Corsicana Semi-Weekly Light from Corsicana, Texas on January 27, 1939 · Page 8
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Corsicana Semi-Weekly Light from Corsicana, Texas · Page 8

Corsicana, Texas
Issue Date:
Friday, January 27, 1939
Page 8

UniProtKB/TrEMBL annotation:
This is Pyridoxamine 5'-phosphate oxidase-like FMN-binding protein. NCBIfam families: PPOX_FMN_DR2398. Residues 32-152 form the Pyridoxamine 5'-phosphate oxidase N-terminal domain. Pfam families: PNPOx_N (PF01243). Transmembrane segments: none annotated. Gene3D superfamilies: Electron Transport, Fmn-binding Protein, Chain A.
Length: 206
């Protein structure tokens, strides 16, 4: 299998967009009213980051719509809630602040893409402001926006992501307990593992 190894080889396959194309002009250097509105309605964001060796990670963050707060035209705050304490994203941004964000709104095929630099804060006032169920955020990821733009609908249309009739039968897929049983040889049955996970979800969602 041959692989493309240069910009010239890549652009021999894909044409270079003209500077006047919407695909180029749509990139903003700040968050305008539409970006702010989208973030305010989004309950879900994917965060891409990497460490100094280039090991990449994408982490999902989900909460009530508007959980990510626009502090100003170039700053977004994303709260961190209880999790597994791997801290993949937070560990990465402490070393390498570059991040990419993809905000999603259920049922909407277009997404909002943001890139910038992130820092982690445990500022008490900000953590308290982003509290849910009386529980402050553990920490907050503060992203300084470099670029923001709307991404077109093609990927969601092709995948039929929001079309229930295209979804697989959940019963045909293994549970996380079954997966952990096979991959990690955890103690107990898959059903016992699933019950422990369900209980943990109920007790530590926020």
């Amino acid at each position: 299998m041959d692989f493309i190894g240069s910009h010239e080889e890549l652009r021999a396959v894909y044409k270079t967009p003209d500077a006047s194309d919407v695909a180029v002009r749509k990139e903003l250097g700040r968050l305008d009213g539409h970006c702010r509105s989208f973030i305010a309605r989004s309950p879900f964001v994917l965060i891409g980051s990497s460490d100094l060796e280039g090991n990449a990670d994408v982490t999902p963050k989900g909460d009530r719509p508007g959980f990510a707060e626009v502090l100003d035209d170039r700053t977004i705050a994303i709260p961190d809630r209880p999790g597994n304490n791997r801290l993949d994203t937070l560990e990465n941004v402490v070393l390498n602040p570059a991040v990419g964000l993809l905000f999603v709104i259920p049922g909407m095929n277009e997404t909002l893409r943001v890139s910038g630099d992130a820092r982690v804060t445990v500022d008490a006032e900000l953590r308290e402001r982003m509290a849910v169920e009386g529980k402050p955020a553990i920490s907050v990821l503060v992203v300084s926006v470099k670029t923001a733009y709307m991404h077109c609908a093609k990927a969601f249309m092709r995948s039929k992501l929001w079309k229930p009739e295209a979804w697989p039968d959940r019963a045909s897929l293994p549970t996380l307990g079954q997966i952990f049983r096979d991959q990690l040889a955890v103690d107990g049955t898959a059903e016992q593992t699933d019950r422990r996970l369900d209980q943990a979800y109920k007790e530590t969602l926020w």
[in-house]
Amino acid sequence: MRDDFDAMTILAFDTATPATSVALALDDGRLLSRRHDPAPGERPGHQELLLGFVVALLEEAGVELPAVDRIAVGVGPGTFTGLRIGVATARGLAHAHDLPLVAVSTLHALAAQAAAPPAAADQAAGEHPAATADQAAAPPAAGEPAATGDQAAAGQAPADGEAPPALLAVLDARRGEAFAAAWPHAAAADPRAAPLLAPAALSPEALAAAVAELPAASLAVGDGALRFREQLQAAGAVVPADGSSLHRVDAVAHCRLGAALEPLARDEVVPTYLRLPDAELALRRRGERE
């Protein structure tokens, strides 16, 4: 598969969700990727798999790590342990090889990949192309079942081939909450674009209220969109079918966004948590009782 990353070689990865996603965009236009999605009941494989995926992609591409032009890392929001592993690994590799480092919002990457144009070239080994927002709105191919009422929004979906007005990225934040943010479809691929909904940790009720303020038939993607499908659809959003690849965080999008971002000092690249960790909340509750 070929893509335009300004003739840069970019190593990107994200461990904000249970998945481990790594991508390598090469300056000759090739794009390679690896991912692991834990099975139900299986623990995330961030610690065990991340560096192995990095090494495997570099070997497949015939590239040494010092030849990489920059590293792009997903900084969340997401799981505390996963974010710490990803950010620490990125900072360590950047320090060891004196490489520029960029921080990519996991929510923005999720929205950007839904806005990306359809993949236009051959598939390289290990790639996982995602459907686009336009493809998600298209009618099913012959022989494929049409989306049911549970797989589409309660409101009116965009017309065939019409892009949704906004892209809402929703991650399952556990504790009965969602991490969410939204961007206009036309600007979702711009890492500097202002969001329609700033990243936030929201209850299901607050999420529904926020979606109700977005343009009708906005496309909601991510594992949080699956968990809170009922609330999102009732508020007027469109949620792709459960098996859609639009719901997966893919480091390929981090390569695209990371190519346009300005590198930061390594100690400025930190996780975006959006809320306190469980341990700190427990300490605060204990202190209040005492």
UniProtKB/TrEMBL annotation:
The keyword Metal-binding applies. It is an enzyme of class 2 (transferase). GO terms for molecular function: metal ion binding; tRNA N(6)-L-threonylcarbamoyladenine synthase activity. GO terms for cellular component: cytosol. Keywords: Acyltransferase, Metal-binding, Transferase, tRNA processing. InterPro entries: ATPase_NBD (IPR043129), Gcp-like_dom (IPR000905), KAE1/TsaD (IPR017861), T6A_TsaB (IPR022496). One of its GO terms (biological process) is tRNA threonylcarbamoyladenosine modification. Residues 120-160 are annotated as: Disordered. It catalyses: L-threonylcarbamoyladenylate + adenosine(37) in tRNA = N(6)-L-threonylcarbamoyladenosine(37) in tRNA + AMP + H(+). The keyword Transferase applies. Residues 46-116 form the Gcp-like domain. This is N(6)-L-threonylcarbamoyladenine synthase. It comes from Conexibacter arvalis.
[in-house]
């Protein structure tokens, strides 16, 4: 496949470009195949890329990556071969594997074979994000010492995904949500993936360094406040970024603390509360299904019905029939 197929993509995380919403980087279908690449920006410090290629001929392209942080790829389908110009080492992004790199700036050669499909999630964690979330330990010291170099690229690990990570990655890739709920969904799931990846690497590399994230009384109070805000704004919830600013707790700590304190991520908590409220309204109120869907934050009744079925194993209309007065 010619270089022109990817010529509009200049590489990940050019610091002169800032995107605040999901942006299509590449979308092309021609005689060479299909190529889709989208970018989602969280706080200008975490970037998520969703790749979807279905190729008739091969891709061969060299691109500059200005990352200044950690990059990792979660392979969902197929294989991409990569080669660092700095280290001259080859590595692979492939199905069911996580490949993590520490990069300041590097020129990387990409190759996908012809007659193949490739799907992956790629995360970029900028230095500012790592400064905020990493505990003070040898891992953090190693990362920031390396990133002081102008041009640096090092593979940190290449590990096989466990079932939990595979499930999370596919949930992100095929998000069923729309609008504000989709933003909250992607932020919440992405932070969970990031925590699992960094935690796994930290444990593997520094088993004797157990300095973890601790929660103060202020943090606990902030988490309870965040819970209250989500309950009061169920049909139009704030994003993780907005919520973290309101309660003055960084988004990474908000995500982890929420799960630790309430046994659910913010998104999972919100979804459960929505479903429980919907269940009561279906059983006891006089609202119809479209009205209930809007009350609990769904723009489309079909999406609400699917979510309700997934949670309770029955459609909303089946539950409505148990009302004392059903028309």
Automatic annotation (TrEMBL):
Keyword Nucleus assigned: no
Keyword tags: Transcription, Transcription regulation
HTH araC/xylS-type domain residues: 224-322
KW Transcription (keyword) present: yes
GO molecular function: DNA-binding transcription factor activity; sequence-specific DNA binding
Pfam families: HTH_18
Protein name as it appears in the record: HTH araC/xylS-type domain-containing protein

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TBB OOB8IOAKA SBMI-WBBKLT EIGHT, FRIDAY, JANUARY IT, Mil TAX COMMISSIONER NOMINATION BRINGS OUT WARM BATTtf ELSTER I. HA1LE CHARGED NOT RESIDENT STATE; TAX BILL INTRODUCED AUSTIN, "jaii. 25.—W— Uproar over certain of Gov. W. Lee O'Daniel's appointments broke out afresh in the senate today, with Elster M. Haile, tax commissioner-designate, the target of Sen. Joe Hill of Hen- From the senate floor, Hill charged Halle was a resident of Kingman, Kas., O'Danlels' former home city. Sen. Clint Small of Amarlllo countered with arguments Hnlle lives at Hereford A short time later, the senate confirmed O'Daniel's selection of Harry Knox of Brownwood as adjutant general. The new governor meanwhile sent up another appointment, that of Truett Smith of Tahoka to bo life Insurance commissioner. A resolution condemning the board of control's practice of considering financial standing of relatives in determining whether a person is eligible for old age assistance was adopted without discussion in the house. The resolution, by Rep. R. Lee Brown of Nacogdoches, said "we earnestly and strongly condemn •uch practice as being both contrary to and in violation of both the letter and spirit of the law. O'Daniel's general transactions tax proposal, which had been without a legislative sponsor for nearly a week, finally was Introduced by Rep. Alfred Petsch of Frederlcksburg. Petsch said he did not favor the bill but believed house committees should connlder It 'along with his proposed 2 1-2 per cent sales tax, Courthouse News County Court The trial of the case of J. Whitney Bates, Inc., vs. Fred W. Thompson, suit on contract, was in progress In the county court Wednesday morning. An Instructed verdict was returned Tuesday afternoon in the case of Mrs. Freda Barlow, admin- istratrix, vs. Mrs. C. P. Barlow, suit for bank stock, favoring Mrs. C. P, Barlow. NAVARRO COUNTY CORN HOARDING IS PREVALENT _ . _ -—_ — ———» f^ • Hw^rw ww V I WYM M T^^^^^ V ^^ W T Tl"l J^r^^ ^^¥™^ *^^^1^^^V^^\ ^ T" A ^PV j^^ TEACHERS MET IN DAWSONTUESDAY DISCUSSION TOOK FORM OF CRIME CLINIC FOR REMEDYING EARLY TENDENCIES Assessor-Collector's Office T. A. Farmer, assessor and collector of taxes, stated Wednesday morning that the payment of taxes, Including polls, wns considerably less this year than in 1038. He urged the payment of taxes, Including polls, before the final rush next week, and pointed out that there Is a strong possibility that amendments to the state constitution may bo proposed during the year for the consideration of the electorate as a result of legislation likely to be passed by the legislature now In session. This Is an off- political year, but if there are Important constitutional questions to e submitted, a large vote Is deslr- d. IN MIDDLE WEST SECTOR NATION DUE MORE GOVERNMENT LOANS Marriage Licenses Stephen Cloud and Lola Kissel. Ezell Wright and Maudlno Whitener. Proposals Introduced houes Included: in the To abolish the state liquor control board. A constitutional amendment providing lor optional retirement of state court judges at 65 and compulsory retirement at 75, retirements to be on full pay. To place state employes under civil service. Blank forms for all the major appropriation bills. To limit the annual cost of pub He school textbooks to 75 cents for each enrolled student. To remove the state pardon board headquarters from Austin to Huntsville. To provide for establishment o county tuberculosis hospitals. To require state printing he done in Texas. To make theft of peanuts and peanut products a felony, punishable by imprisonment up to ten years. To Introduce Tax Bill AUSTIN, Jan. 25.—(fl 3 )—Rep. Alfred Petsch of Frederlcksburg said today he would Introduce, "but not sponsor" the transaction tax and constitutional amendment proposed by Gov. W. Lee O'Danlel. Petsch already has Introduced a resolution calling for a constitutional amendment to provide t tax of 2 1-2 per cent on cash transactions wnich he calls a "social security tax." "I want to introduce the gov- Demon's- proposal so his plan can be considered by the committee along with mine," Petsch said. Under Petsch's proposal, the tax is designed to finance the en' tire social security program, and provides payments not to exceed $15 per month to all over 65 years of age. Certain product* would be exempt under Petsch's bill, Including liquor, beer and wines, gasoline, cigarettes, farm products and rents. Want Roods Bonds Retired AUSTIN, Jan. 25.— (IP)— Sev eral hundred county judges and commissioners were here today for a meeting in support of leg islatlon designed to increase state aid to retirement of local road Warranty Deeds Will Thompson to Mrs. Una Davis Peck, a lot 57^4x168 feet In Block 60, Corslcana, $600. S. H. Willis, et ux, to Mrs. Una 3avls Peck, 9 acres of the John Richardson survey, $10 and other considerations. Adele Connally, et vlr, to Jeanette Giles, 108 acres of the A. J. Phoenix survey, $500. C. C. Sands to The State National Bank of Corslcana, Texas, 209 acres of the Thomas Wright survey, $1 and other considerations. Party of Navarro County Citizens On Inspection Visit A party of Navarro county citizens left Corslcana shortly after noon Thursday for a tour of inspection of the Texas Department of Public Safety headquarters at Camp Mabry near Austin as guests of Capt. John W. Draper ot the Texas Highway Patrol. Included in the group were J. The Navarro County Teachers' Association held a meeting at Dawson Tuesday night which took the form of a crime clinic for the analysis and remedying of early criminal tendencies In school r il- dren. Melvin Taylor, superintendent of the Emhouse schools and president of the association, presided and Introduced H. C. Fi'.go, superintendent of the Dawson schools, who announced a short program of entertainment provided by students of the Dawson schools. Miss LaNelle Carruthors led the audience In singing "America"; Miss Lucille Corbln's fourth grade pupils, presented a short play, "Lollipop's Brothers" and Ellen Hopkins, member of the senior class of the Dawson high school, pave an address on "What Pupils Can Do With the New Liberty." The crime forum was opened with a talk by H. B. Bomar of Corsicana, chairman of the organizing committee of the Navarro County Safety Council. Mr. Bomar urged the teachers to promote Interest in their communities In the work of the Safety Council and invited the teachers, trustees and members of the P. T. A. to attend a meeting of the Council in Corslcana February 16 at 2:30 p. m. Julius Jacobs Speaks. Julius Jacobs spoke "on "Prosecution as a Deterrent of Crime" stressing the Importance of the surety of punishment in preventing wrong doing, as well as the temperance of justice with mercy In dealing with first offenders. Mr. Fllgo spoke on the "School's Part in Deterring Crime" explaln- ng that the schools must try to remedy the environment of the child who Is criminally inclined. Judge Wayne R. Howell concluded the program with a talk on "Juvenile Delinquency In Navarro County." Judge Howell said that unfit homes are breeding By FRANKLIN MBLLIN. CHICAGO, Jan. 25.—(/P)—Corn hoarding was prevalent in the agricultural Middle West today, stimulated by Increased flow of government corn loans. A watchful waiting mood was in vogue among corn belt farmers and as a result the grain was scarce from a buyer's standpoint. Money advanced by the federal commodity lending agency and banks in hundreds of communities throughout the grain-livestock area to Induce producers to hold corn off the market for several months spurred the grain hoard- Ing movement. Farmers eligible for loans— those who comply with acreage allotments designed to prevert accumulation of price depressing surpluses—were storing corn as collateral for loans. Producers not eligible for loans were holding their corn for better prices In view of the technical scarcity. A message from a western Iowa elevator man to the grain trade Interests illustrated the situation. He said: "Here in the heart of the corn belt we have not been able to buy a bushel of corn. Eligible farmers are sealing and expect to buy from the fellow who can't seal. He, in turn, is holding with the expectation of getting more than market price from the follow who seals when the money comes." In Chicago cash corn was quoted on a par with the futures m*r- kot. A month ago spot deliver/ corn was 4 or 5 cents below future delivery corn. Grain men here estimated ap proxlmately 125,000,000 bushels of 1937 and 1938 corn were under government padlock and that 300,000,000 to 400,000,000 bushels may be tied up In this manner—unles! prices increase materially—unti' Aug. 1 when the loans mature. GREAT BRITAIN TO RECRUIT 'OVERALLS ARMY'OF6,000,000 ACTION DECIDED UPON AS INSURGENT ADVANCE IN SPAIN BRINGS WORRY NAZI CONTENTION CONCERNING AUSTRIAN DEBTS PAYMENTS WA REJECTED BY STATE DEPARTMENT P. Walker of Kerens, vice-chairman of the county traffic safety committee; Police Commissioner Fred D. Prince, Sheriff C. O. Curington, Mayor J. S. Murchison, and others. The party Is scheduled to spend the night at Camp Mabry and then visit state officials in Austin on Friday. Book Review Feb. 14 At Blooming Grove At 2 p. m. Feb. 14, the Young Matrons Sunday school class of he First Methodist Church at Blooming Grove will sponsor a look review. Mrs. Nellie Robln- on, a member of the faculty of Trinity University, Waxahachle, will give a special review of Re- jecca. Those who have been privileged to hear Mrs. Robinson at other times will loow forward with special interest to this event. bond Issues. ;Under a bill tentatively approved by county authorities the gasoline tax would be devoted fo proceeds of one-fourth the stati the next 25 years to retlremen j" of these bonds. The plan ha been Indorsed both by the stati highway commission and many .county officials. Revenue from one-fourth th grounds of crime, and that v the school's part is to use its influence to remedy the .basic situation. Melvin Taylor of Emhouse, C. C. Isbell of Blooming Grove, H. V. Harrison of Frost; Clyde Ross of Powell. Mr. Vlnson of Corbett, Mrs. Woods of Mildred, and Miss Bird of the State Home, were elected delegates to the District Teacher's association meeting In Temple. J A. Sands, H. C. Filgo and Ray L. Waller were elected alternates. An invitation was extended the association to meet In Richland on February 28. WASHINGTON, Jan. The state department rejected today Germany s contention any payment she makes on Austrian debts to the United States government and citizens must depend on the German-American balance of trade. The dcparmcnt also refused to accept Germany's position that she is not legally responsible for Austria's debts. The debts Include a relief obligation to the United Statrs government of $26,000,000, which Germany wanted to put aside on grounds it was a war debt. An American note dated Jan. 20 and made public to-' day, however, says this government "perceives no reason why the intergovernmental relief debt should be left out of present consideration." The reaminder of the debt is made up of $20,575,000 in Australian government bonds, and dollar bonds on Austrian political subdivisions and corporations amounting to $18,000,000. The American note dealt the second blow within the last few days at German efforts to expand her trade by tying other enterprises to it. Germany had sought to get the United States and other countries to agree to buy increased German exports In return for allowing Jewish refugees to leave the Reich with a portion of their wealth. The note, delivered by Charg d'Affalres Prentiss Gilbert, calle< nto question Germany's statemen ;hat "It does not have the Intentlor to discriminate against Amerlcai creditors as compared with othe creditors." "This statement," it commented 'must be read In the light of actua practices of the German govern ment which result >ln well-known discriminations against America creditors." gasoline tax is expected to he sufficient to meet principal payments on all outstanding bonds and 2 per cent of the Interest charges. Press Conferences Discontinued. AUSTIN, Jan. 25.—</P>—Governor W. Lee O'Danlel today discontinued regular dally press conferences with capitol correspondents In a group. Hereafter there will be one weekly group conference, on Tuesday morning, but O'Danlol said Individual correspondents might have access to him for questions on any day. The change was due, he said, 'to the fact news from this office Is falling off and I have so much work to do." Leaves Window Open. AUSTIN, Jan. 25.—<JF>—Governor W. Lee O'Danlel has Instituted a new policy for his office, markedly different from one of Governor James V. Allred. The new governor likes fresh air and today one of the big windows In his private office was thrown wide open to receive blasts from a cold wind. Governor Allred always had the windows closed, and, during the .hay fever season, had a meohanl- JAMES L. DUGGER BURIED M'KINNEY TUESDAYJFTERNOON Funeral services for James L. Dugger, aged 83 years, who died In Dallas Monday, with a heart attack, were held at McKlnney Tuesday afternoon at 3:30 o'clock from the First Christian church. He had resided near McKinney all of his life until he moved to Dallas ten years ago. Surviving are three sons, George Dugger, Dallas; Lewis T. Dugger, Corsicana, and Walter S. Dugger, Kansas City; three daughters, Mrs. C. E. Finley, Mrs. J. M. Gilmore and Miss Elizabeth Dugger, all of Dallas, and a brother, Lee Dugger, McKinney. German Statement BERLIN, Jan. 25—(VP>—DNB, of flclal German news agency, toda announced the United States had "accepted a German proposal to ne By WITT HANCOCK LONDON, Jan. 24.—W—Great Britain announced pla: s for an ndustrial, "overalls army" of more than 6,000,000 men to' y as the nsurgent advance in Spain inten- jlfled European concern over what ultimate consequences may arise from the civil war. The government through the ministry of labor called the scheme one of "selective recruitment," by which workmen between 18 an-' 64 would in war time bo placed in 'reserved occupations"- the muni- Jons, defense and public service industries. The list takes in about half the male working population of the country, but roughly 3,000,000 are over 45. Only about one l.i five of men aged 18 to 25 in affected Omitted are most grai'es of iler- Ical workers, workers in the build ing trades, warehousemen, porters packers, storekeepers, entertain ment groups, salesmen, ' itel and restaurant workers and general la borers. The labor office pam. hlet sa! the men would be reserved fo "armaments, agriculture, textiles, essential public services, -ood manufacturing, and distribution." Most of the working population not placed in the reserve grrup (Continued From Paee One* is eligible for military service. The announcement followed Prime Minister Chamberlain's appeal last night for volunteers in a civil defense army. International Picture. The International picture, meanwhile, was watched Intently here The Spanish civil war has kept Kurope on edge for two and one- half years, and with the Spanish Insurgents, endorsed by Rome and Berlin, hammering at Barcelona there were these other develop- 3f ficers Selected By Cotton Group At Meeting In Dallas DALLAS, Jan. 25.—(;P)—The Na- :lonal Cotton Council of America today chose Oscar Johnston of Scott, Miss., Its president and Daniel C. Roper, recently-retired secretary of commerce, a vice- president. Directors of the council, meeting with 200 representatives of cotton- growing sections of the south, also elected Lamar Fleming of Houston and Harold Young of Little Rock, Ark., vice presidents. Roper is from Nartsvllle, S. C., and is a cotton grower and breeder of cotton seed. Fleming Is a cotton merchant and Young a cotton producer. The council, starting its meet- Ing yesterday, is devoted to find- Ing ways and means of restoring cotton to its former high place in southern economy. Definite action on selection ol a permanent resident city for the council was expected late today Other details were to be worked out to make the organization a smooth-working body. It was understood directors ha( studied a proposal to incorporate the council under Tennessee law making Memphis the permanent headquarters. Roer wired his acceptance ol the vice-presidency, directors an nounced. Plans for financing a.campaign to bring back cotton's supremacy though still in an Informal stage contemplate raising a voluntary fund for advertising and educa gotlato" over the servicing of Austrian bonds held In America but refused to admit "the German government's fundamental jurlsdlclal standpoint." The German position was that she declined responsibility for the foreign debts of Austria, annexed last March by the Reich, but she expressed a willingness to negotiate with United States creditors according to a certain procedure. A note from the United States embassy to the German government today, DNB said, proposed that Germany deal directly with, the United States creditors. cal davice air. Both hay fever sufferers. operating to purify ho and Mrs. Allred' the are YOU CAN HAVE THRIFTY STOCK If You'll Keep Them Well and Healthy With Dr. Hess'Stock Tonic Cows and Hogs that are lazy and sluggish will not pay a profit. - - PAN-A-MIN is also an Excellent Tonic for Chickens. NEXT TIME - - TRY HESS' COMPANY PHONE 793 Bombing Plane Of German Make Crashes France LOURDES, Franco, Jan. 25.— (IP) —Tho entire five-man crew of a German-made tri-motored bombing plane were killed today when their machine, believed to be from the Spanish Insurgent air forces, crashed at Arrans, France, 15 miles southwest of here. Investigation by French aviation experts established that the plane was" of German make. Other officials sought to learn why the piano crashed on French soil some 100 miles northwest of the Catalonian battlefronta. The plane was riddled with bullets, Indicating it had been in battle. The pilot and radio npnvator had been killed at their bosta. The thren others Jumpoii with parachutes whi--'i Called M open. Their bodies were found about a mile from where the plane crashed. Perfecting Plans. Raise Funds For Crippled Children Plans are underway for active co-operation of Navarro county In the nation-wide campaign for the raising of funds to aid crippled children and combat infantile paralysis. A. A. Allison, postmaster, has been designated as county chairman in this work and a countywide meeting of interested citizens was held in the basement of the post off Ice building Wednesday afternoon at 4 o'clock. Chairman Allison pointed out that no ball or dance would be sponsored this year. It is planned to have 100 'high school girls to participate in the "march of dimes" and the same campaign will be extended to the schools In other sections of the county, A meeting of. Corulcanans will be held Thursday. Chairman Allison said Navarro .,ounty had always' done a fine work In this annual campaign. Mrs. H. G. Brown, local leader In cripple children work, Is reported heartily endorsing this movement. Some of the funds will be re* talned for local use, It was itftte,i Blooming Grove PTA In Program Session Thursday Afternoon BLOOMING GROVE, Jan. 24.— (IP)— The Blooming Grove PTA met Thursday afternoon in the school auditorium with a very interesting program which was sponsored by Mrs. Gordon Page. Pupils of Miss Francys Mllner gave an amusing playlet with Katie Jo Frederick, Sudean Freeman and Norma Jean Garrison taking the leading parts. Mrs. W. A. Crawford held the devotional, "The Ministry of Music," while Rev. Van Morrison led the invocation. Mrs. J. R. Griffin gave a lively and Interesting discussion on "The Citizen Goes to School" Mrs. E. L. Meador presented three of her pupils in special music. R. D. Garrison gave two piano numbers, Maxlne Glllcn a vocal solo, and Sharon Brwln gave a piano solo Carl Warrington talked on "Our School as a Democratic Unit" and gave direct information from the Blooming Grove Publlo School System on the subject. The eleventh grade took the attendance prize for the month of January, with 13 parents present. The eighth grade with •second with 12 parents present. There were over 00 present at the meeting.. Mrs. Drew Glllcn, local president, held the business meeting after the program. Mrs. J. J. Sheppard read the mjnutes of the previous meeting and gave a report of the executive committee meeting. Mrs. G. E. Ramsey, a member of the County Council Program committee, gave a reporl on the recent luncheon held by the county organization. C. C Isbell reported on the county safety meeting hold at Corsicana on CORSICANA YOUNG PEOPLE'S UNION TO MEET RICEJHURSDAY The Corslcana Young People's Jnlcn will meet Thursday night, January 28, at 8 o'clock In the Haynle Memorial Methodist church n Rice. This meeting, has been lostponed on two occasions due ,o conflicting dates in Richland and Rice. At this time measures •will be taken to remedy this delay in the meeting and to establish a better understanding in the church as a whole as to when the union should convene, and also to do away with unnecessary postponements. A program concerning the 'Youth Crusade" will be given by a chosen group from the Eleventh Avenue Methodist Church of Cor- slcana. This will be a most Important question, and vitally concerns all youth of the Methodist church. , Plans will be discussed relative to the "Youth Rally" to be held the night of February 8th In the First Methodist Church of Coral- cana. At that time Bishop Ivan Lee Holt of the Central Texas Conference will be the principal speaker. mnts In the international sltualon: 1. Stocks slumped heavily yesterday on tpe world's principal financial markets after unsubstantiated rumors of unusual troop movement) in Germany. 2. French sources said France might occupy Minorca, strategic Spanish Mediterranean Island, if taly refused to withdraw her :roops from Spain after an Insurgent victory. (Premier Musso- Inl has said the troops would be withdrawn when the insurgents nad won.) Minorca commands the French communications south of her At' rlcan possessions, Paris at the same time was reported to have agreed ot to In lervene In Spain on behalf of the Barcelona government, possibly in return for Gorman aid In urging Italy to lessen the clamor for con cessions In French colonies. 3. Anthony Eden, former British foreign secretary, war ed th French-British allies that if th Insurgents won in Spain it would be a "foreign victory." He addressed his constituency at Coventry. AMERICAN MEDICAL ASSOCIATION SEEKS QUASH INDICTMENT! WILL TRY TO SHOW NO CONSPIRACY TO RESTRAIN TRADE AS CHARGED WASHINGTON, Jan. 24.— (P)— The American Medical Association will begin a fight In federal court tomorrow to quash an Indictment accusing it, along with some of Its members and affiliates, of monopolistic practices. While congressmen study the vast national health program submitted yesterday by President Roosevelt, the A. M. A. will try to show that It did not conspire to restrain trade In opposing Group Health, Inc., an association of federal employes providing medical service for a monthly fee. The court hearing will be on a motion to question grand jurors about the evidence which government attorneys presented in a secret nine-week Inquiry. The question of prepaid medical service raised Indirectly by the A. M. A. Indictment is expected to become the major controversy In congressional discussion of the proposed national health program. It Is the only phase of the program, drafted by a presidential committee, with which the A. M. A. took issue. The other committee recommendations involved extension of public health re- Jonal work. By taking a 10 search and facilities, along with cent bale gift the council could - JJ1 "—' •—-"-•- —' raise near $1,000,000 a year, observers said. Already $100,000 has been raised or pledged to carry on a preliminary advertising program, and the council seeks an additional $150,000 for Us first year's efforts. The 1940 meeting will bo held In New Orleans. Hague Appeal Is Denied By Appeal Court Three Ways PHILADELPHIA, Jan 28.— (IP) —Mayor Frank Hague lost In the third circuit court of appeals today his fight to keep the CIO from holding public meetings In Jersey City, N. J. The court afflmed the decree of Federal Judge William Clark preventing the city from Interfering with CIO meetings or speakers. There were certain modifications of Judge Clark's decree, however. They were: 1. Holding unconstitutional the Jersey City ordinance regulating public meetings. (Judge Clark had not decided whether the or- dlance was valid). 2. Holding unconstitutional an ordinance prohibiting the distribution of clculars. (Judge Clark also had not ruled on the valdlty of this local law.) 3 Striking out of Judge Clark's decree a clause that police could not halt CIO meetings unless all additional hospitals, and Improved care of the Indigent. The president submitted the health program without any request of his own for its adoption. He did not discuss the committee recommendations, nor mention the compulsory health Insurance phase. Senator Wagner (D.-N. Y.) said he was preparing a bill to cover at least part ot the recommendations. The A. M. A. was accused teg day by Dr. Charles L. Parsons; secretary of the American Ceml- cal Society, of attempting to dictate the operations and personnel of medical laboratories "to the detriment of the health of the public." Dr. Parsons said the Medical Association and the American Society of Clinical Pathologists would approve medical men untrained In chemistry to work In laboratories, but excluded competent chemists because they were not medically-trained. The A. M. A. and the chemical society, the two largest Individual scientific roganlzations in the country, have been In disagreement before over the question of medical adoption of scientific discoveries reported by chemists. similar public meetings were banned. The opinion stated that even if the ordinance regulating meetings were constitutional, Jersey City authorities acted in a discriminatory and unconstitutional manner. J ^ E. R. Stroder of Emmett was here Thursday afternoon. Sell it Quick Through Want Ads. Thursday morning. Plans were also laid for a smallpox vacclna? tlon clinic. Another of our local members, Mrs. Dee Wills, is a member of the radio committee of the county organization. The next meeting will be held Thursday, February 16. All school patrons are invited to attend these meetings. Winter Bargains On Electrolux • One—1938—8 cu. ft. Kerosene • One—1938—6 cu. ft. Kerosene • One—1938—5 cu. ft. Gas We offer these at considerable discount to move them at thli time. Ask us for prices. We will trade for your feed or livestock. MAY-TAG WASHING MACHINES If your old washer is giving trouble, let u« repair It or Trade It to us on a new one. .We can give liberal terms up to three yean on the unpaid , balance on both Eleotrolux and Maytog*. 2 USED F12 FARM ALLS 1 USED F20 FARMALL 2 USED REGULAJR FARMALLS All Reconditioned and Guaranteed Buie Implement Company 207-209 South Beaton - Corsicana USED CARS RECONDITIONED AND READY FOR MANY MORE MILES OF GOOD SERVICE We have on hand at this time a selection of Used Cars that are very Outstanding values, both from the standpoint of quality and price. We have Fords, Chevrolets, Plymouth* and Other Makes of Cars in different body types, coupes, coaches, sedans. These cars have been traded in to us on new Fords, and if they were not in good condition when taken in, we immediately have them reconditioned in our own mechanical department. So when you buy a Used Car from Us, you can be assured of getting one in good shape. Come In and See Our Outstanding Line of USED CARS AT SPECIAL PRICES CALKINS & DUBLIN. INC. 103 N, 12th Street